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Lord of the Flies, Author Style Analysis, period 3

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❶Golding does use a lot of different elements to paint a brighter picture for the reader.

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Up there, for once, were clouds, great bulging towers that sprouted away over the island, grey and cream and copper-colored. The clouds were sitting on the land; they squeezed, produced moment by moment this close, tormenting heat.

On the surface, this is a beautiful, poetic description, with "copper-colored" clouds and "bulging" towers. But if you read more carefully, these clouds don't seem so friendly after all. They're "squeeze[ing]" and "sitting on the land," not floating in the sky; and they "produced moment by moment this close tormenting heat.

The pile of guts was a black blob of flies that buzzed like a saw. After a while these flies found Simon. Golding wrote several more novels, notably Pincher Martin , and a play, The Brass Butterfly Although he never matched the popular and critical success he enjoyed with Lord of the Flies, he remained a respected and distinguished author for the rest of his life and was awarded the Nobel Prize for Literature in Golding died in , one of the most acclaimed writers of the second half of the twentieth century.

Lord of the Flies tells the story of a group of English schoolboys marooned on a tropical island after their plane is shot down during a war. Free from the rules and structures of civilization and society, the boys on the island in Lord of the Flies descend into savagery. As the boys splinter into factions, some behave peacefully and work together to maintain order and achieve common goals, while others rebel and seek only anarchy and violence. In his portrayal of the small world of the island, Golding paints a broader portrait of the fundamental human struggle between the civilizing instinct—the impulse to obey rules, behave morally, and act lawfully—and the savage instinct—the impulse to seek brute power over others, act selfishly, scorn moral rules, and indulge in violence.

Golding employs a relatively straightforward writing style in Lord of the Flies, one that avoids highly poetic language, lengthy description, and philosophical interludes. His fear and constant inner feeling of terror was incorporated in many elements of the book, and made it interesting and fearful for the reader. I think you need to better explain what you mean by that, because someone that commented previous to me was confused about it as well, which they mentioned in their comment.

I also think that Golding used a rather dark tone throughout the novel, especially at the end. Any author that suggests that men are born evil must have some dark elements to his work. I believe this take on the story adds the appropriate mood. Good analysis, and great job explaining that Golding uses his past experiance to explain situations in the novel.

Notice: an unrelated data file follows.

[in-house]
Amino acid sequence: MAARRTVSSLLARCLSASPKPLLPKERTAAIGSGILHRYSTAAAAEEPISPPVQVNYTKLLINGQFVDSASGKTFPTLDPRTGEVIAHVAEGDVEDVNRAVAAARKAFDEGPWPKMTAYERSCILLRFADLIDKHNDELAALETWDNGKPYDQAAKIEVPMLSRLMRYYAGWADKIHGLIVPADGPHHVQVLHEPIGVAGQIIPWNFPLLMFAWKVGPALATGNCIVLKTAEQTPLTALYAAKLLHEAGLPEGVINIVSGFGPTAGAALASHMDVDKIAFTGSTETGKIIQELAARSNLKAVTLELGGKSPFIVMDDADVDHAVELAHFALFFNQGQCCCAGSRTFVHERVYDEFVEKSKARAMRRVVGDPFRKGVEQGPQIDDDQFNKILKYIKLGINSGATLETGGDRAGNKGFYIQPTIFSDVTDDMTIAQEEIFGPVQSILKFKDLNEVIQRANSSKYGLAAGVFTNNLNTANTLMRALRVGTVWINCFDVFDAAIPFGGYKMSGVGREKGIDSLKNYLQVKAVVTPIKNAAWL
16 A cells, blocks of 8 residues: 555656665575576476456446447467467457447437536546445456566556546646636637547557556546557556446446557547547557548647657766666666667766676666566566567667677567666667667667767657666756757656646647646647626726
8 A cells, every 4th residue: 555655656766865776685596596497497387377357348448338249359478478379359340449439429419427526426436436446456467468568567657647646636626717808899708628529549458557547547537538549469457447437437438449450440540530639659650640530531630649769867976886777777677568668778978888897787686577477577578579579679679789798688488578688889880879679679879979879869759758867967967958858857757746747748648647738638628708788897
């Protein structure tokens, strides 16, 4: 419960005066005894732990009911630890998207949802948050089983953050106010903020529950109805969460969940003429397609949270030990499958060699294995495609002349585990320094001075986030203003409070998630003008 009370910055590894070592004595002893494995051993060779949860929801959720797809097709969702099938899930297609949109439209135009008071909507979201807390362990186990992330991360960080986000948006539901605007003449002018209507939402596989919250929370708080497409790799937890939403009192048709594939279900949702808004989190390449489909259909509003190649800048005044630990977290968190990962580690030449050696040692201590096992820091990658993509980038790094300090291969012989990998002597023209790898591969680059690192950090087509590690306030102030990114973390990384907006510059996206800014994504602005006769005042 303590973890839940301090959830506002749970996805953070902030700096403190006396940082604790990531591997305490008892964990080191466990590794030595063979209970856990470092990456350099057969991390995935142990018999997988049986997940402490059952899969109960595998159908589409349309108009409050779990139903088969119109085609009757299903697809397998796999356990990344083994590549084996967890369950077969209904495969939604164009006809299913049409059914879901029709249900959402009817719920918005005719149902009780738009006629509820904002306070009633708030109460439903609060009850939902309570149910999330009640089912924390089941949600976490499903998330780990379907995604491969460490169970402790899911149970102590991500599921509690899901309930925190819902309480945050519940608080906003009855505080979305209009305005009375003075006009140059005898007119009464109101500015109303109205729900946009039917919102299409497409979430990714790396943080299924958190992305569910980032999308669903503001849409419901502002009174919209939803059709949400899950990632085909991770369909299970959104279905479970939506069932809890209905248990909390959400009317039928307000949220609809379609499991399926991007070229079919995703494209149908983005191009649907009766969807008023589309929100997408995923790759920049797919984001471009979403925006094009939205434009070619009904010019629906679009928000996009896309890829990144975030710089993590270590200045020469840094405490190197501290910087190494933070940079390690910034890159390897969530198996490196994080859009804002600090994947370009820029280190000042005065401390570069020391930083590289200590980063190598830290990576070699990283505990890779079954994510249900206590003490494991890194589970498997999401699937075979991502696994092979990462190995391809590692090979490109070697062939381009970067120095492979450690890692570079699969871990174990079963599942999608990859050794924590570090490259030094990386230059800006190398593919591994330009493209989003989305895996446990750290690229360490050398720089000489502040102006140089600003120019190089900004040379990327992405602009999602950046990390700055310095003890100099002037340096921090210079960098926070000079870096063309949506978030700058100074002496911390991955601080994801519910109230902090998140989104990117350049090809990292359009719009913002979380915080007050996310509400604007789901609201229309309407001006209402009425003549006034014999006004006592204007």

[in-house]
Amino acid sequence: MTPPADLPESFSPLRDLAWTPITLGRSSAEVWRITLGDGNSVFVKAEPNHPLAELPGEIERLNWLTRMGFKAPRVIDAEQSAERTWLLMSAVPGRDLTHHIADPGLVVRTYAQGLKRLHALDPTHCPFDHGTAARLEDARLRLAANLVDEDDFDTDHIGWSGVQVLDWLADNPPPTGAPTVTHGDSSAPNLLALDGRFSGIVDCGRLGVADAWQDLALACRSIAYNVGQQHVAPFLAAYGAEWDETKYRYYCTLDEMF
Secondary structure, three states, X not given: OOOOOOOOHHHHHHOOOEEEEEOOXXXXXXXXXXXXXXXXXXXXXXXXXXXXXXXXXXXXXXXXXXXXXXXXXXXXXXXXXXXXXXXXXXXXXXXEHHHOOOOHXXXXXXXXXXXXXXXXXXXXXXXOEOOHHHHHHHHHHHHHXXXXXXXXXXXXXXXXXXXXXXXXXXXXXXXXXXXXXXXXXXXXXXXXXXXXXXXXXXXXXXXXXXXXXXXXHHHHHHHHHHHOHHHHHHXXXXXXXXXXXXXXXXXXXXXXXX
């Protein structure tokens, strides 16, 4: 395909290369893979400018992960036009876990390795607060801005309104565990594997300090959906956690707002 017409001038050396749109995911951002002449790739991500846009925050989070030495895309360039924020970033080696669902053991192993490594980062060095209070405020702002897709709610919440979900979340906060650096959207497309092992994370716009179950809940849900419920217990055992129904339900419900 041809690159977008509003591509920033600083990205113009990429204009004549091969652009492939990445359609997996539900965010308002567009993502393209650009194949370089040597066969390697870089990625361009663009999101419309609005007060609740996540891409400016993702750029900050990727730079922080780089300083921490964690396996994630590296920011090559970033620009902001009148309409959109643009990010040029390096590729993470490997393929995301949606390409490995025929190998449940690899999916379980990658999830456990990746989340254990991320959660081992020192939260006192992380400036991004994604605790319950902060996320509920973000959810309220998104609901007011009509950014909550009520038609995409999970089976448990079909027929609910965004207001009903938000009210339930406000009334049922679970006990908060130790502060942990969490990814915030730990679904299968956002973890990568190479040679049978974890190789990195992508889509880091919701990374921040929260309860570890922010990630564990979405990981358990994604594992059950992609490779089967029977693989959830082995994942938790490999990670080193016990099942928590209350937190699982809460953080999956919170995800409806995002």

I did not know that he was in the war. Maybe that is what gave him the idea to write the story of young boys that turn into savages. Golding most likely combined these names to show how similar the characters are. This is an easy, yet effective way that Golding can show the reader how two characters share the same opinions. Also, your examples of symbolism could be revised. Although there was never actually a beast, the boys still all had the fear inside them.

The boys on the island considered Sam and Eric one entity even though they were two separate people. This is because they do everything together and cannot stand to be apart. Also, as Rachel stated, they are twins so they look similar. Since they are always seen together, it is easier to refer to them as one person than as two separate individuals. I do agree though that it means they are like one person and are not complete without each other.

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Much like the forbidding patch of jungle in which the book takes place (for more on that, see "Setting") the Lord of the Flies is ominous—but irresistible. Let's check out the paragraph where we hear the phrase "lord of the flies" for the first time: Up there, for once, were clouds, great bulging.

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Home Lord of the Flies Q & A What is William Golding's writin Lord of the Flies What is William Golding's writing style? I would like a describtion of his writing style that he used in the Novel Lord of the Flies.

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Golding employs a relatively straightforward writing style in Lord of the Flies, one that avoids highly poetic language, lengthy description, and philosophical interludes. Much of the novel is allegorical, meaning that the characters and objects in the novel are infused with symbolic significance that conveys the novel’s central themes and ideas. Writing Style William Golding's writing is very distinctive from other author's. Avoiding complex and poetic description, Golding's style is simple at the first glance.

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The Writing Style of William Golding in the Lord of the Flies PAGES 1. WORDS View Full Essay. More essays like this: lord of the flies, william golding, exciting novel. Not sure what I'd do without @Kibin - Alfredo Alvarez, student @ Miami University. Essay Writing Blog; Follow. A detailed discussion of the writing styles used running throughout Lord of the Flies including including point of view, structure, language, and supplemental information for school essays and projects.